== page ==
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The Dragon Demands beat me to the recap this week and has taken a different approach to structuring it - separating the storylines by location. I used to do something similar for The Wire but have tended towards replicating the scene order of the episode while writing recaps more recently. I think this provides utility for someone who missed a portion of the episode. I wonder if the other editors here have a preference?--Opark 77 12:10, April 24, 2012 (UTC)

I was trying to find a solution to the "wall of text" problem by breaking the summary down into sections: on wikis I've seen for cable TV shows they usually do this by Act break (commercial breaks) but because HBO doesn't have these its less easy to define. I'm also torn on which is better, I wanted to experiment around on this to see what everyone thought: breaking it up by location makes it easier to read, though this doesn't reflect the order it aired in. This might be an issue in episodes where characters actually travel between nearby regions - i.e. someone leaves King's Landing but arrives in the Riverlands that same episode. However, we could at least break it up between the three major story regions "At and Beyond the Wall", "In the Seven Kingdoms", and "Across the Narrow Sea"; though "In the Seven Kingdoms" would usually get split up between "At Dragonstone", "In the Stormlands", "In the Westerlands", etc. If a character travels from Dragonstone to King's Landing, or King's Landing to the Riverrlands within the same episode, we could just leave it as "In the South", while actions happening around Winterfell but not at the Wall would be "In the North". The regular wikipedia entries for the book series handle the plot the same way, with such subdivisions. -->If we *do* split it up by location, I'd advocate downgrading "Synopsis" from a second-level header, that is, equal to "Plot" - it uses up an entire header bar level, and as a result I'm doing to tier-four headers for the subsections within "Plot". That is, "Synopsis" isn't really separated from anything other than "Recap", and really, its all part of "Plot" -- so either make "Synopsis" co-equal with "Plot", or a subsection of "Plot". --The Dragon Demands 16:55, April 24, 2012 (UTC)
I don't like this:

SynopsisEdit

PlotEdit

In the StormlandsEdit

In the WesterlandsEdit

In the NorthEdit

Because synopsis is part of plot. I was fine with this:

PlotEdit

SynopsisEdit

RecapEdit

In the StormlandsEdit

In the WesterlandsEdit

In the NorthEdit

Its not like there will be any need for lower level headers beyond this.--Opark 77 17:14, April 24, 2012 (UTC)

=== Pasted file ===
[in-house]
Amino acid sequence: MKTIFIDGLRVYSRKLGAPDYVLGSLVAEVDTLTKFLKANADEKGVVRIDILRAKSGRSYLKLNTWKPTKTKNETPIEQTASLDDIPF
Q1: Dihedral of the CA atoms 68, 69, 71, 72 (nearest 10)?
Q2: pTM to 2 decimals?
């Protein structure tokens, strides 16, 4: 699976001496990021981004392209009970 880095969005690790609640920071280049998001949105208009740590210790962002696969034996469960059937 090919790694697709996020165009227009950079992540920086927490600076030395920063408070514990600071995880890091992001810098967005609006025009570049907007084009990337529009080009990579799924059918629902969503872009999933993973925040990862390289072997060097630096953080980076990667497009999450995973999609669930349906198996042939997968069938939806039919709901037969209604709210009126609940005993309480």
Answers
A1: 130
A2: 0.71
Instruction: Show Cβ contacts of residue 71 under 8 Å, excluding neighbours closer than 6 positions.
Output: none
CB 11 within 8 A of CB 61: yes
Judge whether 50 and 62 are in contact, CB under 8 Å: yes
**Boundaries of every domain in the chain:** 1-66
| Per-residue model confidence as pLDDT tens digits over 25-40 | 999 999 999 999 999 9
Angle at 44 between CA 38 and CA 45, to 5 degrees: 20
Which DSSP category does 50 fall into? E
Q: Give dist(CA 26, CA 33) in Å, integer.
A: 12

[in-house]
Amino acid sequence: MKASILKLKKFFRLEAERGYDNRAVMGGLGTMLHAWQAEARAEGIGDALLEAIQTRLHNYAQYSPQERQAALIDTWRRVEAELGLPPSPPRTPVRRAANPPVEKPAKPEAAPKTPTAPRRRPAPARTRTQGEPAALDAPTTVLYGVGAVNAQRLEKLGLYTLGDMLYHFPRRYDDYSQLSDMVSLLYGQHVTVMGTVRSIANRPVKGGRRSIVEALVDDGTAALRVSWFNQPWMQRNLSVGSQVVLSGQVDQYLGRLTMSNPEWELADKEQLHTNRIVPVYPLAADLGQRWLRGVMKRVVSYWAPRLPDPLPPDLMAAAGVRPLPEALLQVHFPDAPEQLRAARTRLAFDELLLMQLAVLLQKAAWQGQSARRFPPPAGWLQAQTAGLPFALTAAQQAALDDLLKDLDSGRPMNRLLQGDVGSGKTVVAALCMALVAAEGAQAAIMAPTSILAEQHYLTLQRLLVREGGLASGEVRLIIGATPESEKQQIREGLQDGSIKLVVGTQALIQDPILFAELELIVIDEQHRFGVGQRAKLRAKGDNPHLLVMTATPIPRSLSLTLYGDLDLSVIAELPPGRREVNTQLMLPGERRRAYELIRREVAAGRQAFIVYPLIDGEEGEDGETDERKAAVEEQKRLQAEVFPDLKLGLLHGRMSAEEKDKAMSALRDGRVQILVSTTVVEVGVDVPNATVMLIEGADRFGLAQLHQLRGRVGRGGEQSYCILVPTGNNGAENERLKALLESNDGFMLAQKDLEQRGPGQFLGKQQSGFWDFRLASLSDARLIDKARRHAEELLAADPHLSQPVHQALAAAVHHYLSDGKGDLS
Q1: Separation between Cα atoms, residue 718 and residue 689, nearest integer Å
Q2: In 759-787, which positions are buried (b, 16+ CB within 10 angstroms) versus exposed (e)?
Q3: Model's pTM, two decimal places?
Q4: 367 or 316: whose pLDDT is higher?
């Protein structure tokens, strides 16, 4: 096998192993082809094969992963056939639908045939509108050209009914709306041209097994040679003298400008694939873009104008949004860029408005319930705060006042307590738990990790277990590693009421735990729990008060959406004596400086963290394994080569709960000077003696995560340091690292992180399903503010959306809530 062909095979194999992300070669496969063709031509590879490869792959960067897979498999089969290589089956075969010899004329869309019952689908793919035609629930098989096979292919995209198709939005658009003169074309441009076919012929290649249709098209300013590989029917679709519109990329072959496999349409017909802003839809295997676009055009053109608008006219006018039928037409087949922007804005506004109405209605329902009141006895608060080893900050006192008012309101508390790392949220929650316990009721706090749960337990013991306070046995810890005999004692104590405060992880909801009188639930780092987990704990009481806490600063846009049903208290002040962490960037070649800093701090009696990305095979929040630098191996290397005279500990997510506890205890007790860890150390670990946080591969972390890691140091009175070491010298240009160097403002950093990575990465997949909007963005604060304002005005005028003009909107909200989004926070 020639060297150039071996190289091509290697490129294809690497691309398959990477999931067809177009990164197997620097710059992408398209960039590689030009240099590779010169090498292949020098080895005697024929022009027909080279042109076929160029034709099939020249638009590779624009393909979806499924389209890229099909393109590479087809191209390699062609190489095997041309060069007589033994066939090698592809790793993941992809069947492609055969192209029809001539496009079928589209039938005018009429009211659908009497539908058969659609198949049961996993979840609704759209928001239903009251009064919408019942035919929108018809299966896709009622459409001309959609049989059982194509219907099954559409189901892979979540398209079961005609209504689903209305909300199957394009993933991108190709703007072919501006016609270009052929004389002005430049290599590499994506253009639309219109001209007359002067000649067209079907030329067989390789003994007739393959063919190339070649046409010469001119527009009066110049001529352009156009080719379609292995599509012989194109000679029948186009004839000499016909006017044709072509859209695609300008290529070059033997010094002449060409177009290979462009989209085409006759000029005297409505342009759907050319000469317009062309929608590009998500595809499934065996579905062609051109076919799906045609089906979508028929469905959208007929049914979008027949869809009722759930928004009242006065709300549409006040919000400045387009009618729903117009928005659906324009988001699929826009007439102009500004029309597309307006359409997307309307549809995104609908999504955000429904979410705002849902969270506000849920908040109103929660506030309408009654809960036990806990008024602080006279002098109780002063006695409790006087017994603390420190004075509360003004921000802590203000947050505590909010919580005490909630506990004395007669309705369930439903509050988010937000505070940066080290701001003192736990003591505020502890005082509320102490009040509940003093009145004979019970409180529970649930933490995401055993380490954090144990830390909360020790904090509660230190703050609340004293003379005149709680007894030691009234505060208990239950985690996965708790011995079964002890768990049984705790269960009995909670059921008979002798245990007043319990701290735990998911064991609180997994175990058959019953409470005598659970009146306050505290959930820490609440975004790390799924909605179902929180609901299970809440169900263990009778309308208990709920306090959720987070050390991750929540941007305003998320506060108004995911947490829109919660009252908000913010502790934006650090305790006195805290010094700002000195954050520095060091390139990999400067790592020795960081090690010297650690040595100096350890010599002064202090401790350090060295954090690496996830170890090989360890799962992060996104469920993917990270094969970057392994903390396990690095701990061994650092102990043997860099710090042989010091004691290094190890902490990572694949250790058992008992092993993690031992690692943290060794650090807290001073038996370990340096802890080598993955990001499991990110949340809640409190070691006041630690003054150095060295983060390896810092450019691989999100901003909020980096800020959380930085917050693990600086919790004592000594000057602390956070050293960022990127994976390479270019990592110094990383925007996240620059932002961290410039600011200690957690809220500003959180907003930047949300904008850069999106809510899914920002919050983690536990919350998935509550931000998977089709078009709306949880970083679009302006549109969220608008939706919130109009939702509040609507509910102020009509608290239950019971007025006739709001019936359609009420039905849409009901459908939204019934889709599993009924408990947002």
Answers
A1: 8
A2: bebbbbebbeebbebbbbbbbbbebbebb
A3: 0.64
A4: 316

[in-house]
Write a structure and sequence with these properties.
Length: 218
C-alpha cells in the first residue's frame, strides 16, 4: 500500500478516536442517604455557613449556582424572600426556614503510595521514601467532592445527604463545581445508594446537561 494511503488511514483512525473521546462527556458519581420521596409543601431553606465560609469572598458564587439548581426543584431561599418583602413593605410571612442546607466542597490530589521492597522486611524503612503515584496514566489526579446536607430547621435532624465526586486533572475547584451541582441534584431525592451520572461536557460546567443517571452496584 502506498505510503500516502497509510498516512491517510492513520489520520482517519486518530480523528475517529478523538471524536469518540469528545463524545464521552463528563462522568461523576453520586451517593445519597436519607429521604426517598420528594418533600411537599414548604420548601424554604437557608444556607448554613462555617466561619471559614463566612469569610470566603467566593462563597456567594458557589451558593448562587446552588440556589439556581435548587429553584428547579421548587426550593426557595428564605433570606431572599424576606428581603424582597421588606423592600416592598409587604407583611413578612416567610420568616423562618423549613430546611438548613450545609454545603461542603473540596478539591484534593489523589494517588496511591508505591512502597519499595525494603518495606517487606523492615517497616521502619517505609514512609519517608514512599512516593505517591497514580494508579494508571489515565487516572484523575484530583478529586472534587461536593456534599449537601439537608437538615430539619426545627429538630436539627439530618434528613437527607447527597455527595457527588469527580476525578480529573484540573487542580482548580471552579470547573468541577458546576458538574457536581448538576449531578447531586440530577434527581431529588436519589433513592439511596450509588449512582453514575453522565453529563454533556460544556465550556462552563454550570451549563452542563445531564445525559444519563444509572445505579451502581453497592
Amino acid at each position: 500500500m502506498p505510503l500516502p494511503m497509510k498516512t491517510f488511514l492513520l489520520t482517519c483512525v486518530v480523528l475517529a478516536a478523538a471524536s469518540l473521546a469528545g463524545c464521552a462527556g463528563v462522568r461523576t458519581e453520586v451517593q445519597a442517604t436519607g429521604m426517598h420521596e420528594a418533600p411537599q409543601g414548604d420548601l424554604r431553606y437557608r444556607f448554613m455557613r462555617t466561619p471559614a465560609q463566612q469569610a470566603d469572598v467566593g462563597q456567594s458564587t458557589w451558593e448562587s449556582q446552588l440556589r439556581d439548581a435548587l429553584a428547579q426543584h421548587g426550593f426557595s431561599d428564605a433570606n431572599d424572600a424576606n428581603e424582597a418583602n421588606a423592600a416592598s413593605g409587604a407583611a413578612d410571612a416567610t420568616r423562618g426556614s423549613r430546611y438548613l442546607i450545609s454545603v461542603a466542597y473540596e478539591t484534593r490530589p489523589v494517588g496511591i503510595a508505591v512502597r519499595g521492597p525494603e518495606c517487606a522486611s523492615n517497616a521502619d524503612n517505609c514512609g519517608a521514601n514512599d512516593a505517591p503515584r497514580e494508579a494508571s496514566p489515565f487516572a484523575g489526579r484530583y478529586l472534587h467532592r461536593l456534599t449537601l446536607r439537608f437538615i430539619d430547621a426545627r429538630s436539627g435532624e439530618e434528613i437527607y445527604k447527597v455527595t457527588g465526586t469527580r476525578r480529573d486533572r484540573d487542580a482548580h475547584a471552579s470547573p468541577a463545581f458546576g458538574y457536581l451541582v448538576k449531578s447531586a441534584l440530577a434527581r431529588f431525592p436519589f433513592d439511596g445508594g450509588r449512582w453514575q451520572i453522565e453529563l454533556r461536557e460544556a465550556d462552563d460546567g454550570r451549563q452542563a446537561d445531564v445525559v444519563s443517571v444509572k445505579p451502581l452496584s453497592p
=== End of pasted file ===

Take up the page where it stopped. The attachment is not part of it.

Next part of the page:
Well other major wikis like Memory Alpha don't even list the official synopsis separately: http://en.memory-alpha.org/wiki/In_the_Pale_Moonlight_%28episode%29

Putting Synopsis as its own higher-level category, on-par with the "Recap", just makes the headers in the recap smaller. My point is that *by definition*, the synopsis will never be more than a paragraph long, so this doesn't really merit a top-level header, particularly because it means making the other subheaders less prominent. Alternatively, the "synopsis" could be put at the top of the page, above the table of contents, and not given its own actual "header" bar at all. While we won't use headers below level-four (four equals signs), even the level-four headers are harder to distinguish in the middle of a lot of text, relative to a level-three. What specific reasons are being given for giving a top-level header to a paragraph-long synopsis?--The Dragon Demands 17:21, April 24, 2012 (UTC)

I agree with the Dragon, specially regarding the Wall of text.--Gonzalo84 17:48, April 24, 2012 (UTC)

Your solution was to move synopsis from a level 3 header to a level 2 header so your arguments about the validity of having a "higher level" header for synopsis make no sense to me. The size of the font in the headers is a non issue to me - headers are about organizing an article and I think that logical organization supersedes worries about the font size of the headers. In answer to your question "What specific reasons are being given for giving a top-level header to a paragraph-long synopsis?" I don't understand why you are asking me this. As far as I can see it was your suggestion to make synopsis a top level header. I am arguing that synopsis should remain a subheader of plot because the synopsis is a version of a plot summary just like the recap.--Opark 77 21:24, April 24, 2012 (UTC)

I haven't been clear: I'm suggesting three alternate things:

1 - Make Synopsis a level-2 header (what "Plot" is now), separate from "Recap".

SynopsisEdit

PlotEdit

At King's LandingEdit

In the StormlandsEdit

2 - Make Synopsis a level-3 subsection of "Plot", *alongside* other subheaders of equal rank which discuss the actual plot.

PlotEdit

SynopsisEdit

At King's LandingEdit

In the StormlandsEdit

3 - don't make Synopsis its own subsection, but stick it at the head of the article, above the table of contents.

"HBO's canned synopsis of the episode"


Table of contents box

PlotEdit

At King's LandingEdit

In the StormlandsEdit

Yes, the size of the font headers is the issue at stake here: a level-2 subheader even gets a line under it, though level 3 does not. Level 4 (the current situation) is so small that it is difficult to read and doesn't quite fulfill the job of breaking up the "Wall of Text".

The current situation of having "Plot" with two subsections "Synopsis" and "Recap" doesn't really make much sense: a Synopsis is not part of "the Plot", its a brief summary of what happens in the episode. Ultimately it means we're forcing an entire huge page to work with smaller headers, harming ease of reading, for the sake of a single paragraph. I'll do whatever you guys think, but I wanted to point this out. --The Dragon Demands 21:41, April 24, 2012 (UTC)